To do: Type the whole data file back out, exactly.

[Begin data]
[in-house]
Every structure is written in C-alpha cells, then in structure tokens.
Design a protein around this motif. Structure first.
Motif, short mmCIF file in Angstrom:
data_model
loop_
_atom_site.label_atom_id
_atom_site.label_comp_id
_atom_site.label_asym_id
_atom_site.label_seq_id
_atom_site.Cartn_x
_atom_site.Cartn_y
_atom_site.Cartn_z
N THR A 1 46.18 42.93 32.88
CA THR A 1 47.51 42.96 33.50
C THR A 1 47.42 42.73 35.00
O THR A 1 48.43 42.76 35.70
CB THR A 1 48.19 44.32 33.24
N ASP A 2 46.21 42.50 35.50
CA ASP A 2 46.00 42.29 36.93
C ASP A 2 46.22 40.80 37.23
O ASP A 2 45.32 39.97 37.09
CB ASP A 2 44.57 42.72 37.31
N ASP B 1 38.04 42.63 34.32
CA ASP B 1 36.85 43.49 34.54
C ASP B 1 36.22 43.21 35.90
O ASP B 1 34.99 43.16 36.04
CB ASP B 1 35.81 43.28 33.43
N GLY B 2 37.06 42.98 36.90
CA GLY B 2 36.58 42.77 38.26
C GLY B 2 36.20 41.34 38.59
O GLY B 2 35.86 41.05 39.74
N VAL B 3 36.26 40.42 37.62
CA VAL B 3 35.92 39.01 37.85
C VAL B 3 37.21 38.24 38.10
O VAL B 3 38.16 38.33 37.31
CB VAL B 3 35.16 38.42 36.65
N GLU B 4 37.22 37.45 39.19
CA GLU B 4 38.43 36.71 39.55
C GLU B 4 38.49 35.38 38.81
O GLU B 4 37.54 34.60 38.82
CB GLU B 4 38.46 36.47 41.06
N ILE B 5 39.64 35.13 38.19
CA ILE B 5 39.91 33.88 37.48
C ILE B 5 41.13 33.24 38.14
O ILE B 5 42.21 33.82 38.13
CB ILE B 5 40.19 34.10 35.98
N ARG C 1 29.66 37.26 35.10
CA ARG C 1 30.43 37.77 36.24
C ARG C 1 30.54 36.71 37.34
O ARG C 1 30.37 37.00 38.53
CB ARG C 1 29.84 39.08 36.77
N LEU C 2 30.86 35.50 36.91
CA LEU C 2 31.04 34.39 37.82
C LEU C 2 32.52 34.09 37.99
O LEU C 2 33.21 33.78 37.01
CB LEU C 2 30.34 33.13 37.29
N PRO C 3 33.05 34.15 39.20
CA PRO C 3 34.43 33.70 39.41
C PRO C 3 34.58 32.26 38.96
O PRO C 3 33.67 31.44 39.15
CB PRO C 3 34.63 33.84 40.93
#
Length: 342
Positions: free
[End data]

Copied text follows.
[in-house]
Every structure is written in C-alpha cells, then in structure tokens.
Design a protein around this motif. Structure first.
Motif, short mmCIF file in Angstrom:
data_model
loop_
_atom_site.label_atom_id
_atom_site.label_comp_id
_atom_site.label_asym_id
_atom_site.label_seq_id
_atom_site.Cartn_x
_atom_site.Cartn_y
_atom_site.Cartn_z
N THR A 1 46.18 42.93 32.88
CA THR A 1 47.51 42.96 33.50
C THR A 1 47.42 42.73 35.00
O THR A 1 48.43 42.76 35.70
CB THR A 1 48.19 44.32 33.24
N ASP A 2 46.21 42.50 35.50
CA ASP A 2 46.00 42.29 36.93
C ASP A 2 46.22 40.80 37.23
O ASP A 2 45.32 39.97 37.09
CB ASP A 2 44.57 42.72 37.31
N ASP B 1 38.04 42.63 34.32
CA ASP B 1 36.85 43.49 34.54
C ASP B 1 36.22 43.21 35.90
O ASP B 1 34.99 43.16 36.04
CB ASP B 1 35.81 43.28 33.43
N GLY B 2 37.06 42.98 36.90
CA GLY B 2 36.58 42.77 38.26
C GLY B 2 36.20 41.34 38.59
O GLY B 2 35.86 41.05 39.74
N VAL B 3 36.26 40.42 37.62
CA VAL B 3 35.92 39.01 37.85
C VAL B 3 37.21 38.24 38.10
O VAL B 3 38.16 38.33 37.31
CB VAL B 3 35.16 38.42 36.65
N GLU B 4 37.22 37.45 39.19
CA GLU B 4 38.43 36.71 39.55
C GLU B 4 38.49 35.38 38.81
O GLU B 4 37.54 34.60 38.82
CB GLU B 4 38.46 36.47 41.06
N ILE B 5 39.64 35.13 38.19
CA ILE B 5 39.91 33.88 37.48
C ILE B 5 41.13 33.24 38.14
O ILE B 5 42.21 33.82 38.13
CB ILE B 5 40.19 34.10 35.98
N ARG C 1 29.66 37.26 35.10
CA ARG C 1 30.43 37.77 36.24
C ARG C 1 30.54 36.71 37.34
O ARG C 1 30.37 37.00 38.53
CB ARG C 1 29.84 39.08 36.77
N LEU C 2 30.86 35.50 36.91
CA LEU C 2 31.04 34.39 37.82
C LEU C 2 32.52 34.09 37.99
O LEU C 2 33.21 33.78 37.01
CB LEU C 2 30.34 33.13 37.29
N PRO C 3 33.05 34.15 39.20
CA PRO C 3 34.43 33.70 39.41
C PRO C 3 34.58 32.26 38.96
O PRO C 3 33.67 31.44 39.15
CB PRO C 3 34.63 33.84 40.93
#
Length: 342
Positions: free